Three Things to Consider Before Deploying Tablets in Your SMB

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The Role of Tablets in the Enterprise

Tablets may one day soon take their place alongside PCs and smartphones as standard-issue IT equipment.

I've recently blogged about the new iPad and wrote about its impact on your SMB . Though I've concluded that the improvements in the new iPad are not relevant for most businesses, I did highlight how Apple's decision to offer the 16GB version of the iPad 2 at a reduced price actually served as an inducement for the commercial deployment of the iPad.


In the past, I've highlighted various business uses for an Apple iPad here and here. Given the need to make judicious use of limited funds, however, small and mid-sized businesses may want to look through the below checklist before heading out en masse to purchased tablets.


Consider use cases


It would be an utter waste of funds to purchase a tablet for company deployment without first compiling a realistic list of use cases. This is especially important due to the natural appeal of getting an iPad, necessitating the turning of a critical eye towards realistic uses versus imagined or hoped-for improvements to workflows. Moreover, it is also well known that the iPad excels at single tasks and fares rather poorly when users are forced to repeatedly switch between apps. As such, apps that encapsulate an SMB's needs in its entirety are preferred; companies may want to start off by compiling a list of such applications and evaluating their suitability.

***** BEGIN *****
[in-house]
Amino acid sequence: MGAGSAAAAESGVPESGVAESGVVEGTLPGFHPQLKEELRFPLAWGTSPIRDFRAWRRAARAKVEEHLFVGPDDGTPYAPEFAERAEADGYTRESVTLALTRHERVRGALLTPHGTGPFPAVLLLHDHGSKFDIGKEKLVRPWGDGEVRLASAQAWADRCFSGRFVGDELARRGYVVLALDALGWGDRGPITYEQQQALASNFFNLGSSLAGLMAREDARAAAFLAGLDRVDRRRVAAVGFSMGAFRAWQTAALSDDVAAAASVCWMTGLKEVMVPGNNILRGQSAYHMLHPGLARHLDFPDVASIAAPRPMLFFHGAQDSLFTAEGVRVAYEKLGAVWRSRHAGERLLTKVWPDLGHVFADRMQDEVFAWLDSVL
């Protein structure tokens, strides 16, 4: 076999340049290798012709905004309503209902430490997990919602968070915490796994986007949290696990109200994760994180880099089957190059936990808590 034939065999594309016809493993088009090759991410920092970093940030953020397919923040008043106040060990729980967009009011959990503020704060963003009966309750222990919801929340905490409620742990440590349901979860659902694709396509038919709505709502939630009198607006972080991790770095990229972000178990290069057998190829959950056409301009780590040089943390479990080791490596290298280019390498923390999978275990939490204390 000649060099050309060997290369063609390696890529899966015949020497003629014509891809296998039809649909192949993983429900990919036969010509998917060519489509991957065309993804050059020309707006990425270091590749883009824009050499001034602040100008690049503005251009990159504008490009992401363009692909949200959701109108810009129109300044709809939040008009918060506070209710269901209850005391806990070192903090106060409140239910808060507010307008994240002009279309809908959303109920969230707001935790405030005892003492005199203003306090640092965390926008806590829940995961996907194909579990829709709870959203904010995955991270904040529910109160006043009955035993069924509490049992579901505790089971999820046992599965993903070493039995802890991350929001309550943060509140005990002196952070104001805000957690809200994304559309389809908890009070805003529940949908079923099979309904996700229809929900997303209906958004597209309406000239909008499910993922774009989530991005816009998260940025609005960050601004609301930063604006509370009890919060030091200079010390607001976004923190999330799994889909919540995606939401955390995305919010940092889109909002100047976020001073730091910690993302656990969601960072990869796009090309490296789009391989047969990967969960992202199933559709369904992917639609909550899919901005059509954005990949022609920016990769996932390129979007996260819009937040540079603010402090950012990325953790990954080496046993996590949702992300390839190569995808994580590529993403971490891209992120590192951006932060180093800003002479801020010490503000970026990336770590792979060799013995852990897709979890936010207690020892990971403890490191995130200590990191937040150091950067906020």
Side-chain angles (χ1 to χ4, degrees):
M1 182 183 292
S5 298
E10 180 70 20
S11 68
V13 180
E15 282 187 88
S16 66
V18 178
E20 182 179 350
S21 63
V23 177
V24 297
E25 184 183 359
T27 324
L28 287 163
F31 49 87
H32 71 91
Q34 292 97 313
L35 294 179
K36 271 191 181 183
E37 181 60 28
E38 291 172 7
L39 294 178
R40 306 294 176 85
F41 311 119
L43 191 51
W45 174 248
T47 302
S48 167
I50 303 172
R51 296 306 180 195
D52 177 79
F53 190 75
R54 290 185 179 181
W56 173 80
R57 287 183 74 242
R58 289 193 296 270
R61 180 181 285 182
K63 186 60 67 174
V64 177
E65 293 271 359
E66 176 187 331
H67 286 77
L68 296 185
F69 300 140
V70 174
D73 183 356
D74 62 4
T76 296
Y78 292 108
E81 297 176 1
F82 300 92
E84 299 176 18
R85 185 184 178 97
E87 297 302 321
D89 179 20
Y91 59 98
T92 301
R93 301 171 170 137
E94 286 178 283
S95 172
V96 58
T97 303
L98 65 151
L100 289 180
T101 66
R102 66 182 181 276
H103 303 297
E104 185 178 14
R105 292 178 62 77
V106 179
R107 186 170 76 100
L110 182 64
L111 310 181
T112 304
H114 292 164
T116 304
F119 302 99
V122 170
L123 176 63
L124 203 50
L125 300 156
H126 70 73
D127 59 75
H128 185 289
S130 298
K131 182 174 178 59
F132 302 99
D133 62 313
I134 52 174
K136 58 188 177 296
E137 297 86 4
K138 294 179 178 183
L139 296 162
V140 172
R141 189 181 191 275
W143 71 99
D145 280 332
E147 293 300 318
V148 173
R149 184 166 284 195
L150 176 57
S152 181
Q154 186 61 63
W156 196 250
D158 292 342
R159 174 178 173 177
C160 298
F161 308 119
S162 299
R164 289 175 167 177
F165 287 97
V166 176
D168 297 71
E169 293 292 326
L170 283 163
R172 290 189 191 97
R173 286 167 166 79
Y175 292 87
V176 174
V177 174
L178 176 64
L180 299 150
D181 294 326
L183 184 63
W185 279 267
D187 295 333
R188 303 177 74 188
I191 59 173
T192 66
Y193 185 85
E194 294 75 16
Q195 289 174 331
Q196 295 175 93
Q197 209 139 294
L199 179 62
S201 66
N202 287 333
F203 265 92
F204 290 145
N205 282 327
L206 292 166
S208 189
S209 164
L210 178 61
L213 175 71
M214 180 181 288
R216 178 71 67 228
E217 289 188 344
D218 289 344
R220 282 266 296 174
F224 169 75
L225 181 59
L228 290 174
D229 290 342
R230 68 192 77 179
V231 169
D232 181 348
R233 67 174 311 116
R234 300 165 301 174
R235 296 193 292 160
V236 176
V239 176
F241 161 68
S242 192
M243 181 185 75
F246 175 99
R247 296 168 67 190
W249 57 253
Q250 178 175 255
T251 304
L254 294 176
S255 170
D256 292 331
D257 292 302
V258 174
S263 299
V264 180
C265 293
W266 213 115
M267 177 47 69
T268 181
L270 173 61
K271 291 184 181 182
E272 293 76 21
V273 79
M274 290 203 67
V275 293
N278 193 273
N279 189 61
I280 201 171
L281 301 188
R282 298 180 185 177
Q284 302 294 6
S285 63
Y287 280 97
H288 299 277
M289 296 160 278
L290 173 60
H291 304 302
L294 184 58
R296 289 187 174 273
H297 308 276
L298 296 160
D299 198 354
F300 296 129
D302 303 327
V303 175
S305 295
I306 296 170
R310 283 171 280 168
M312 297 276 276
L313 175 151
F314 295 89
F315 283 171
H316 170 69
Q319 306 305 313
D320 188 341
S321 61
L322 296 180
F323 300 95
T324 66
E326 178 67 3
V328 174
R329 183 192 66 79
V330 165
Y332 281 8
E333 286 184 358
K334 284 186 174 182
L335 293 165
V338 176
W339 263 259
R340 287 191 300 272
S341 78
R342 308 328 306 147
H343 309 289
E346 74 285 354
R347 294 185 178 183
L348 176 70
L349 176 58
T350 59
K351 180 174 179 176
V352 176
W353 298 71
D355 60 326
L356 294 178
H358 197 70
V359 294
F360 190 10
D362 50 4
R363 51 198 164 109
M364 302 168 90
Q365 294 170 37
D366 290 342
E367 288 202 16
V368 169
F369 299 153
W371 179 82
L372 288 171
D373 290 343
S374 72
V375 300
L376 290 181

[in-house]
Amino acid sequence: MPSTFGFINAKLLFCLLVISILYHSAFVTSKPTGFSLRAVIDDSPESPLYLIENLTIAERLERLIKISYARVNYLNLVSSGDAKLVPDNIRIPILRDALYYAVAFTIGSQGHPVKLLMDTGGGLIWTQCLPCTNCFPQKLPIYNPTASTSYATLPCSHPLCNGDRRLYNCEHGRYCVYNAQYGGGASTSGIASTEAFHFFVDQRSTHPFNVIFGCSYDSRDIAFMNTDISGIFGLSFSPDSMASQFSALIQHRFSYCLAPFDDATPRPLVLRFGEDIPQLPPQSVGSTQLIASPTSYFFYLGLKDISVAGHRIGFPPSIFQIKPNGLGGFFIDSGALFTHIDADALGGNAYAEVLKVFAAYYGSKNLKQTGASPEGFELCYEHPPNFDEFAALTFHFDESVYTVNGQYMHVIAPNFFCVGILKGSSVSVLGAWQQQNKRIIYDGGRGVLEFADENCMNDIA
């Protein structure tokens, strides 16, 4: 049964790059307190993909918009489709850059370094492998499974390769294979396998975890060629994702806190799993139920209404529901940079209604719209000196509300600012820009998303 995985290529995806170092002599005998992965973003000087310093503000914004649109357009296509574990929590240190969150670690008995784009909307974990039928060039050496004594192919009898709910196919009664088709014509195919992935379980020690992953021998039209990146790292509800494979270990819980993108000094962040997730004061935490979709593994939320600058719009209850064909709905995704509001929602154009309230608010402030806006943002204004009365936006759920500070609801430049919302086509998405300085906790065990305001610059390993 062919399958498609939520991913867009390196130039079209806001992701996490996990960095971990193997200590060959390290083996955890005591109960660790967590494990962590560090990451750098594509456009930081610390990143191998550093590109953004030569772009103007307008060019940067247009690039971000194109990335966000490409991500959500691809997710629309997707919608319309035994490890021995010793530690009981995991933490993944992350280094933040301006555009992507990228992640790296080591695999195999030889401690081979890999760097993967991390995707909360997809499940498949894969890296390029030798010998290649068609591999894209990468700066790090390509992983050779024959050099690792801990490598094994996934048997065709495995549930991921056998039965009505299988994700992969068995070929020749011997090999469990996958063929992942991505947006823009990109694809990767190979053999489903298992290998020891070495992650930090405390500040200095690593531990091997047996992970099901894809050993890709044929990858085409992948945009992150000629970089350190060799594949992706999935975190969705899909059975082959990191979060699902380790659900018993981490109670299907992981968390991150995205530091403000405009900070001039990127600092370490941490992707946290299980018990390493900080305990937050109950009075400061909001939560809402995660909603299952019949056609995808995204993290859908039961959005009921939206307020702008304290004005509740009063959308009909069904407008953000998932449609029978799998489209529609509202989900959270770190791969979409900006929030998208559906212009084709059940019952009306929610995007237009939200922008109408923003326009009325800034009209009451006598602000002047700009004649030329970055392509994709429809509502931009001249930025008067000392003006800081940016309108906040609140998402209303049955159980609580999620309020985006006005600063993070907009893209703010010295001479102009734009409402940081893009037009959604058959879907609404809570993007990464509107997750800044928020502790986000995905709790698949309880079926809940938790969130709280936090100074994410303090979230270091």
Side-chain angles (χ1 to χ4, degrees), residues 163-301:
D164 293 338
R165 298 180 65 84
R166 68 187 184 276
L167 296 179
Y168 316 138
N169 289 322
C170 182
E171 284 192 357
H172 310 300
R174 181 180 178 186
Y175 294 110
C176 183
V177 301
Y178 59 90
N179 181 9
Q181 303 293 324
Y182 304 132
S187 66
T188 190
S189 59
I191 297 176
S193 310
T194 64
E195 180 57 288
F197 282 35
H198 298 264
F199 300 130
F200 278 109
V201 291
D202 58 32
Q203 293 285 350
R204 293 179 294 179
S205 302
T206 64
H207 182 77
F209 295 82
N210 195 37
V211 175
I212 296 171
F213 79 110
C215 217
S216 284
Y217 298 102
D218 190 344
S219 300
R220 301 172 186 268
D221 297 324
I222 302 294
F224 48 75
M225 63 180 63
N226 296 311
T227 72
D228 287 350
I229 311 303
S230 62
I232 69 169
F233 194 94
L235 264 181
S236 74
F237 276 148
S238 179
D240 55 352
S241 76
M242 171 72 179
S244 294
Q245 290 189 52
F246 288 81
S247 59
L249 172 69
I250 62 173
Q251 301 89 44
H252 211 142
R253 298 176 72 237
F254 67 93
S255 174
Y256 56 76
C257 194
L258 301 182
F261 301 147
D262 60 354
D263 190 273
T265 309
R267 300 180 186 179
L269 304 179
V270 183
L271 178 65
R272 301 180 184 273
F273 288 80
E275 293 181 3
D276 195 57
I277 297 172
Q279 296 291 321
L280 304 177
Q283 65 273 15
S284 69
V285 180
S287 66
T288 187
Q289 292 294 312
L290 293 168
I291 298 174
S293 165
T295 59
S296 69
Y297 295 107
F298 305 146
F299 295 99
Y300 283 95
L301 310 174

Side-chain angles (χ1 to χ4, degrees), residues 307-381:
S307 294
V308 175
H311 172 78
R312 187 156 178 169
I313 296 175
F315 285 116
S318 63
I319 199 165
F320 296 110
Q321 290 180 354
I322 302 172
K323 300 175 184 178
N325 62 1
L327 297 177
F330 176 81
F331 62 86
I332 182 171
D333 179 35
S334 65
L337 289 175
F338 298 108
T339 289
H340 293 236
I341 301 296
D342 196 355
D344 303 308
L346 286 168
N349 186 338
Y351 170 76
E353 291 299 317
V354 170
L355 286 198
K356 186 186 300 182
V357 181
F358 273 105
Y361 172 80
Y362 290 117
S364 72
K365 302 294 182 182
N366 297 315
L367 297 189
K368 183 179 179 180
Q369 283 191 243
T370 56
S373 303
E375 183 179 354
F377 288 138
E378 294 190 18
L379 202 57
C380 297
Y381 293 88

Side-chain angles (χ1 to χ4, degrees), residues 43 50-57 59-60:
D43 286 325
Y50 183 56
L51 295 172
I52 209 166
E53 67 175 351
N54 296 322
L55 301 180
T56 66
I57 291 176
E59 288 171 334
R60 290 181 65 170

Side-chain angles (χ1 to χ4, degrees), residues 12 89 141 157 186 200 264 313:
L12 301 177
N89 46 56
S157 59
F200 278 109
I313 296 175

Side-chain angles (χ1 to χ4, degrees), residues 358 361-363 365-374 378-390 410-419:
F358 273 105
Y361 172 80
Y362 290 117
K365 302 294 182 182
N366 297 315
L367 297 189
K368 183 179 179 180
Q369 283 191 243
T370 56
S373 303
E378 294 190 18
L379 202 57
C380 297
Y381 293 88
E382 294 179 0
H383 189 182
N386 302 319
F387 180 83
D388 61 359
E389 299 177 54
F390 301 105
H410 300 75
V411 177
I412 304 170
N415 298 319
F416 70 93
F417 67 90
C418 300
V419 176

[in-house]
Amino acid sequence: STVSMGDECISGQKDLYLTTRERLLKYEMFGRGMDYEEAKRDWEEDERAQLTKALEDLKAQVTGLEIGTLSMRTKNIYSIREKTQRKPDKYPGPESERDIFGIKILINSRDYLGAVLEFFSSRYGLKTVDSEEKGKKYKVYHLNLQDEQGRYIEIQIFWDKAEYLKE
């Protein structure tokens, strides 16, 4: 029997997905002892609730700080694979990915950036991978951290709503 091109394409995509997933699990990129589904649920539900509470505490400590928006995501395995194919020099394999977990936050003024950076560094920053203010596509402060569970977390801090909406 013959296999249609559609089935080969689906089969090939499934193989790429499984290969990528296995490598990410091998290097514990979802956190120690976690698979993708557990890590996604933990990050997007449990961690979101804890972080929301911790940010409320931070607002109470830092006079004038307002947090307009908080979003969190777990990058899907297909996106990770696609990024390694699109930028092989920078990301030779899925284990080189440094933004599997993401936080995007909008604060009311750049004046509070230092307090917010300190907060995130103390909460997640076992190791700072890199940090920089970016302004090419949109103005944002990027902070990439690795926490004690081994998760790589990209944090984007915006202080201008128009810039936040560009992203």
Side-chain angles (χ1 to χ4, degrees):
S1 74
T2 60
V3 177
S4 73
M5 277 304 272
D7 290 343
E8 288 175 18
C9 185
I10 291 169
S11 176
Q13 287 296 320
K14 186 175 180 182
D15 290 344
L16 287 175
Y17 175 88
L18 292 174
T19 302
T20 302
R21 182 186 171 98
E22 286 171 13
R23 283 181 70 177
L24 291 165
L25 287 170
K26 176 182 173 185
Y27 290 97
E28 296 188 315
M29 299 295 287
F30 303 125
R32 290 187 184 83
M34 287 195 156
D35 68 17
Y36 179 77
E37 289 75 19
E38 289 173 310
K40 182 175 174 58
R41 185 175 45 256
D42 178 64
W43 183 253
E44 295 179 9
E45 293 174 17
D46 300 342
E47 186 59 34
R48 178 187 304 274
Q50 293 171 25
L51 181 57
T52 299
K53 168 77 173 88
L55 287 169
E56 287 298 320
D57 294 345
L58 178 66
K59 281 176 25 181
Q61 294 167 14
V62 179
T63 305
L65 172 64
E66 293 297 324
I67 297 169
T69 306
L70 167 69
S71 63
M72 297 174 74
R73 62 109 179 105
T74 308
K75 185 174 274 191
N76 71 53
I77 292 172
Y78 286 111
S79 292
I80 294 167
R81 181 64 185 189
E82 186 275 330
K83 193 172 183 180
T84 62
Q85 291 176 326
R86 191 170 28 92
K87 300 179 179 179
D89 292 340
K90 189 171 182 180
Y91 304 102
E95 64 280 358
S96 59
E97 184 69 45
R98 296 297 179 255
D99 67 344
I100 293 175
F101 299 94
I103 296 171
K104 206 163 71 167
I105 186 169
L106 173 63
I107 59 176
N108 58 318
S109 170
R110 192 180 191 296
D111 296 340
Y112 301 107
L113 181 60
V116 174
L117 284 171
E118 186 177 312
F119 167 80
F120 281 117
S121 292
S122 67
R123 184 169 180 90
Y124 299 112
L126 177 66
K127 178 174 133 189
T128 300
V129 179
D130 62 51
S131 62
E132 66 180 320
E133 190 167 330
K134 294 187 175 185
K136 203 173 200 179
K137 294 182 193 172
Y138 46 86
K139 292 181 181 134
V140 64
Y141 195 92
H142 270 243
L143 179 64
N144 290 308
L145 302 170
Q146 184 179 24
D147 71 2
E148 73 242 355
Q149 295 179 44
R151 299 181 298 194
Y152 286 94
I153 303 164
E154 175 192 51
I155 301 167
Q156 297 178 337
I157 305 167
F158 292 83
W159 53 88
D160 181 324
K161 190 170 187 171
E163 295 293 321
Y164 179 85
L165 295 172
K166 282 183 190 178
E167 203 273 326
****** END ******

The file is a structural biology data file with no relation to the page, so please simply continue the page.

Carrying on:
Factor mobile data into the equation


Aside from deployment scenarios limited to office or fixed locations, businesses would do well to factor mobile data costs into the equation. For SMBs that are already subsidizing mobile bills for their employees, this may prove to be negligible. For others, this could cost tens of dollars per device, which can mount up quickly if deployed to hundreds of staffers. And given the trend of mobile providers pulling unlimited data plans, it is beholden upon businesses to clearly communicate if they will be held responsible for excessive usage resulting in exorbitant mobile data bills.


Complementary or replacement


Finally, one question that SMBs must ask themselves would be whether the new tablet will complement existing PC workstations or replace them. Though the post-PC term is a popular term being juggled around a lot lately, the truth is that many types of work are still best done on a full-fledged laptop or desktop computer.


And as I outlined in "Do Notebooks Matter in the Age of Tablets & Smartphones?" which was published on our sister website SmallBusinessComputing, the much larger display, ease of switching between multiple applications and abundance of peripherals remain the reasons for using a PC. So while a tablet can replace a PC in certain circumstances, SMBs should take care to not automatically assume that a tablet is adequate to replace a proper desktop.